Learning to add is an important building block of the math curriculum in the early years. Addition is a foundational skill that leads to success in all the math subjects that follow. How can a student learn to add in a way that teaches them to understand the why and how behind the process? Here are five keys to learning addition for young students: 1. Putting things together in like sets: Addition concepts start to form long before children learn to add in school. When they begin to group things together into like sets, children are beginning to develop the basic idea of addition. A set is a physical representation of a number, and young children learn to group similar items into sets, counting up to the number of that set. 2. Strategies of counting on, counting back, and one more: Early number skills provide a foundation for learning addition. Students must be fluent in counting before they are ready to learn to add. When a student has learned to count on (forward), count back, and put one more with a group, the student has progressed far beyond simply memorizing a string of numbers in order (like 1, 2, 3, 4, 5), and is ready to learn to add. 3. Direct modeling of the process of addition: Many educational researchers have shown that teaching students by directly modeling the math with physical objects leads to greater understanding. Brick Math uses LEGO® bricks to model the math. It’s the perfect tool because of the visual and tactile nature of the bricks. Each stud counts as 1, so students can see and feel the numbers they build. 4. Vocabulary of math: It’s important for students to learn the right words to describe the math they are learning. When they know what the words addend, sum, result, solution, and altogether mean, they can talk about addition. Teachers and parents should be careful to use the term addition symbol rather than plus sign when discussing what is happening in an addition problem. “Plussing” is not a word, and the word plus only represents the symbol of the math, not the action. Every chapter in Brick Math starts with a list of the key vocabulary students will learn in those lessons. 5. Addition within the context of 10: Early on, students need to understand that the number system is based on tens. LEGO® bricks can be used to model addition against a physical background of 10 studs. This is a great way to start representing the number system of ones, tens, and eventually, hundreds. The illustration here shows how to model 14 + 5 = 19 with LEGO® bricks while introducing the idea of groups of ten. Addition is the steppingstone to all other math, so it’s critical that kids understand it fully. It leads directly into subtraction as the opposite process to addition. In second or third grade, a firm understanding of the process of repeated addition leads to comprehension of multiplication. Brick Math’s Addition Using LEGO® Bricks is a great way to teach young learners about addition. It starts with teaching the concept of addition and progresses through place value and adding larger numbers. The use of LEGO® bricks to model the math makes it fun to learn, too! Brick Math is a K6 math curriculum that uses LEGO® bricks to model 11 different math subjects: Counting, Addition, Subtraction, Multiplication, Division, Basic Fractions, Basic Measurement, Fraction Multiplication, Fraction Division, Advanced Measurement and Geometry, and Decimals. It works well for homeschooling, math intervention, enrichment, and as a wholeschool program. Materials are simple and are not shared between students. It adapts easily to online instruction. If you teach math or have a student at home who is learning math, check brickmath.com. The website includes videos for both teacher training and direct instruction of students. You can learn more about how Brick Math improves student math test scores and hear what people who are using Brick Math have to say about the program.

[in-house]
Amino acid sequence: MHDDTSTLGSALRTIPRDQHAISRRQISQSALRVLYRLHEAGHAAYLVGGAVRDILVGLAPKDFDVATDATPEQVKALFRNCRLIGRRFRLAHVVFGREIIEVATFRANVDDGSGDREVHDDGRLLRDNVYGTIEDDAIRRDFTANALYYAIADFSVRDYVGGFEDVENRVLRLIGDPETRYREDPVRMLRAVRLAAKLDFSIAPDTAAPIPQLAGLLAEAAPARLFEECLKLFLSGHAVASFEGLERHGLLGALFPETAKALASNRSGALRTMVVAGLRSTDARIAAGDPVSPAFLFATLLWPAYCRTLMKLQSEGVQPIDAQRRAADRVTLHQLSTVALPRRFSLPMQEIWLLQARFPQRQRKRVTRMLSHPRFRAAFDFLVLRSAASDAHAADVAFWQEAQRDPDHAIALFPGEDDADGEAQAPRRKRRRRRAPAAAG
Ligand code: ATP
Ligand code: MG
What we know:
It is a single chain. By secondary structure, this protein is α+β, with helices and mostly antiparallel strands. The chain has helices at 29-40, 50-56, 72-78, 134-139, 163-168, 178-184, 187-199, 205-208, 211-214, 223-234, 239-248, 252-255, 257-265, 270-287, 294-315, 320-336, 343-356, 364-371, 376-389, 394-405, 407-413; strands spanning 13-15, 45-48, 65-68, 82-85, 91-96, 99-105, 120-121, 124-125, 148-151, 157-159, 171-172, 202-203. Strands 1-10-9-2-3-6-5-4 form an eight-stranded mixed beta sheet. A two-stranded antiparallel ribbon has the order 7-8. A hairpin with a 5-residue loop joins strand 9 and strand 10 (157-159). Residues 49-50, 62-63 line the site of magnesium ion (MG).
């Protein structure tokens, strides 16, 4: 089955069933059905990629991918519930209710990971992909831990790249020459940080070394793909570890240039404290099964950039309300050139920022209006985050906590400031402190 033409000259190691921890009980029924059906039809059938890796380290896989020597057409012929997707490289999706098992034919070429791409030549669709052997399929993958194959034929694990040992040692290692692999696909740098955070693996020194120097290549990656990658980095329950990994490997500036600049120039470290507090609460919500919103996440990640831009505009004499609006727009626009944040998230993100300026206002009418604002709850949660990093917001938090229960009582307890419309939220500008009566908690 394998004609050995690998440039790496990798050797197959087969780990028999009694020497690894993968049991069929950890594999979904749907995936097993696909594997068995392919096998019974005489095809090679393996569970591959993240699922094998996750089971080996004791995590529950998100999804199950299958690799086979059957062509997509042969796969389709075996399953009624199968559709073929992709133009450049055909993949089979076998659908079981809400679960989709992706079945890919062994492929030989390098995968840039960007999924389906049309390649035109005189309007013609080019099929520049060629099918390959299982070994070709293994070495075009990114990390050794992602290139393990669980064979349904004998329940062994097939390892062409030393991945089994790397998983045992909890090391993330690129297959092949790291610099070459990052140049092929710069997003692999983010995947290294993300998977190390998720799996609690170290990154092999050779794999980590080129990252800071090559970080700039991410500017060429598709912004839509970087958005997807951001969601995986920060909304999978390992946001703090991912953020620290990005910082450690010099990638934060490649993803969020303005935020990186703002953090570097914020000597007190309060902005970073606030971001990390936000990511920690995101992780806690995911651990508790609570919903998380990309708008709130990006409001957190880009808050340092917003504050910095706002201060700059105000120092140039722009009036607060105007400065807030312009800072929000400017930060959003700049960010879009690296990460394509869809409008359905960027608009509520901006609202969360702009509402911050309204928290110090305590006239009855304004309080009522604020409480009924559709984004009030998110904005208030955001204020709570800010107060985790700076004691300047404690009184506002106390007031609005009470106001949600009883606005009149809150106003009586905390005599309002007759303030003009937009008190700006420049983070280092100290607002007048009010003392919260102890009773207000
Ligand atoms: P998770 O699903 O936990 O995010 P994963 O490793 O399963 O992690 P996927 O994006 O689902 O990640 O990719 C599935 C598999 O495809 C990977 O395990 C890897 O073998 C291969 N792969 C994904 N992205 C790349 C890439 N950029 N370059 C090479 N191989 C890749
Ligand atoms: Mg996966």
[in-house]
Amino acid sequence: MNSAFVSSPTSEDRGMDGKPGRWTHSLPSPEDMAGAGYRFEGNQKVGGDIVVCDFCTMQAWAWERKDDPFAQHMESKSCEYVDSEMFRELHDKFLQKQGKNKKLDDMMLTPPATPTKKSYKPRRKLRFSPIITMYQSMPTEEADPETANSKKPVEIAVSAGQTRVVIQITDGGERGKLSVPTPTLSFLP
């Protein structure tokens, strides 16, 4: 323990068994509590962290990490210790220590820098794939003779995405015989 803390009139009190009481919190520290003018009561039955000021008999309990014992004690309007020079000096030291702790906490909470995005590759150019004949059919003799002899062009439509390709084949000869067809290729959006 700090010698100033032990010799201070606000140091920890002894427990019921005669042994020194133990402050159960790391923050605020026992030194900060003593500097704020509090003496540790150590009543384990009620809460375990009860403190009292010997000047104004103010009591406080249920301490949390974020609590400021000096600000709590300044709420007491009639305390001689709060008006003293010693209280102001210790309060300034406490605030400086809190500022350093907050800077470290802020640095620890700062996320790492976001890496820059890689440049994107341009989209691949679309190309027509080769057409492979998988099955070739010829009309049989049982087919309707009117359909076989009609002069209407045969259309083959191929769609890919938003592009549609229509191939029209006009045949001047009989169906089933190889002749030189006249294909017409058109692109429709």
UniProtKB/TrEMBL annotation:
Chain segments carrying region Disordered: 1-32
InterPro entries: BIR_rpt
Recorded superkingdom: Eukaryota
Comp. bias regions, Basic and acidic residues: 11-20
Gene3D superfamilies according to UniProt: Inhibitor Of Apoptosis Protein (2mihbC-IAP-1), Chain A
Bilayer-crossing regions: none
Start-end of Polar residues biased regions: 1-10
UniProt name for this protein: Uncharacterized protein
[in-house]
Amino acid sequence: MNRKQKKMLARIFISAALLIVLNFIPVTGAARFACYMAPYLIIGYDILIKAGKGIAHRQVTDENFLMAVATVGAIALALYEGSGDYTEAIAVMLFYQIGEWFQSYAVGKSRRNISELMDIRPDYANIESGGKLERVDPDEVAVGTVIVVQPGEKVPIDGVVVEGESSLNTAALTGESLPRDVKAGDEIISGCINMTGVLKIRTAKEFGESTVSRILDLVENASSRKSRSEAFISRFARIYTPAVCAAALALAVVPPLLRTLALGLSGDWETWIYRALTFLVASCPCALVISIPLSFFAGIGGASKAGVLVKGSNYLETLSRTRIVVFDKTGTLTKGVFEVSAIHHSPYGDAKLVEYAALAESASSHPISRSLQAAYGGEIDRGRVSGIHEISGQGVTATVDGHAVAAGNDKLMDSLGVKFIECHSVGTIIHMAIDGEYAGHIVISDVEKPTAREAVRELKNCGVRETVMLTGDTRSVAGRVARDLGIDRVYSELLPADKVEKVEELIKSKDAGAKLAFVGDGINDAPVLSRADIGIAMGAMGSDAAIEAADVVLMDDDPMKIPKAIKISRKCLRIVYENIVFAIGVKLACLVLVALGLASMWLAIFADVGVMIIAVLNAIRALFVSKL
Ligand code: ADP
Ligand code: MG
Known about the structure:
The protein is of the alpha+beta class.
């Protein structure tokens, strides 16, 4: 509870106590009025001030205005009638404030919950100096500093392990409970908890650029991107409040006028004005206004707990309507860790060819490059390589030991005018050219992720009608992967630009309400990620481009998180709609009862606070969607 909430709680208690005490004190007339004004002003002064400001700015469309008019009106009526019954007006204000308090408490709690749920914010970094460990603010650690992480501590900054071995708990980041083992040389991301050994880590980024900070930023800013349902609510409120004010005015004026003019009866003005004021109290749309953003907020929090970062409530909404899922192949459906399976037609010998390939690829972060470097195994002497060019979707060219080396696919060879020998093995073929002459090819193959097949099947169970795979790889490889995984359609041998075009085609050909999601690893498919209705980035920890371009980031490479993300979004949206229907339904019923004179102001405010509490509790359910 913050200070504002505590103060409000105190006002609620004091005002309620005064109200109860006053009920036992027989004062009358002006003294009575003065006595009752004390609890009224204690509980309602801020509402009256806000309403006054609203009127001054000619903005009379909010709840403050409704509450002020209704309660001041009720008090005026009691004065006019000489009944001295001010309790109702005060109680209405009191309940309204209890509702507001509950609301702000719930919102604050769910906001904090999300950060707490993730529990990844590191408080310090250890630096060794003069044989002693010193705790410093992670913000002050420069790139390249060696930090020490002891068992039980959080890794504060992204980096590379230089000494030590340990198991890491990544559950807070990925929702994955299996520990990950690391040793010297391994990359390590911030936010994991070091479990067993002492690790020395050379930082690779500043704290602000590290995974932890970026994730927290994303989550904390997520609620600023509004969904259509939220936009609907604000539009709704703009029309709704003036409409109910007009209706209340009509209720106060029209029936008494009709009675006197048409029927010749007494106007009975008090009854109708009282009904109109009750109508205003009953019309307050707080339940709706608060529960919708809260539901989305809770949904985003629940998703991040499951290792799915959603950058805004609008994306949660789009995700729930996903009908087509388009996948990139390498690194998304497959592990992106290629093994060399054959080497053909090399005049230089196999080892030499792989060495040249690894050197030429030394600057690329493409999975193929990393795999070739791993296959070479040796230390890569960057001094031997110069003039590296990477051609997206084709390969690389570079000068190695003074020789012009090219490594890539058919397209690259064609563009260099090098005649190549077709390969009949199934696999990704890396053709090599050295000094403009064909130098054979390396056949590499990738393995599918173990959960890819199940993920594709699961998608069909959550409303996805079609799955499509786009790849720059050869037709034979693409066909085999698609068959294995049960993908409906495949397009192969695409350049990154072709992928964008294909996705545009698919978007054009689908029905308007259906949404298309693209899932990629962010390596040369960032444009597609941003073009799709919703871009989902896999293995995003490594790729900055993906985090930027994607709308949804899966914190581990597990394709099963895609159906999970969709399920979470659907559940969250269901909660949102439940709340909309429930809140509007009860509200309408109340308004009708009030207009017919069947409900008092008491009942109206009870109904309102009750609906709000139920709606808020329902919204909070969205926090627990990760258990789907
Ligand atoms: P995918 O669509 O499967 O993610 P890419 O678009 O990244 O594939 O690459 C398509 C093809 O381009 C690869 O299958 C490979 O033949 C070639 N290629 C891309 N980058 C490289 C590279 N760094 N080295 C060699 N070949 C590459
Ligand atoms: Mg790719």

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Whether or not the groundhog saw his shadow today, Brick Math has a great lesson to help kids understand what subtraction is all about. The lesson is called "Missing Term Subtraction," and it uses both LEGO® bricks and pencil and paper to give students the perfect handson process for understanding subtraction. This method shows students how to invent strategies to solve math problems, which is a skill they need to learn early and practice often. Here, they'll use what they know about addition to solve the subtraction problem. This lesson uses a subtraction diagram, which is in the Student Workbook pages. It reinforces the vocabulary of minuend, subtrahend, and difference. Print out the Student pages so your student(s) can actually place their bricks on the paper diagram. You'll guide the student(s) through the subtraction of 12  4 during this lesson. They'll place bricks in the diagram and develop their own ways to show the solution of 8. One way to show the solution is illustrated here. After students model with bricks, always follow up by having them draw their models and explain in words what they have done. In that way, you'll help them solidify their learning. Brick Math is a K6 math curriculum that uses LEGO® bricks to model 11 different math subjects:
Counting, Addition, Subtraction, Multiplication, Division, Basic Fractions, Basic Measurement, Fraction Multiplication, Fraction Division, Advanced Measurement and Geometry, and Decimals. It works well for homeschooling, math intervention, enrichment, and as a wholeschool program. Materials are simple and are not shared between students. It adapts easily to online instruction. If you teach math or have a student at home who is learning math, check brickmath.com. The website includes videos for both teacher training and direct instruction of students. You can learn more about how Brick Math improves student math test scores and hear what people who are using Brick Math have to say about the program.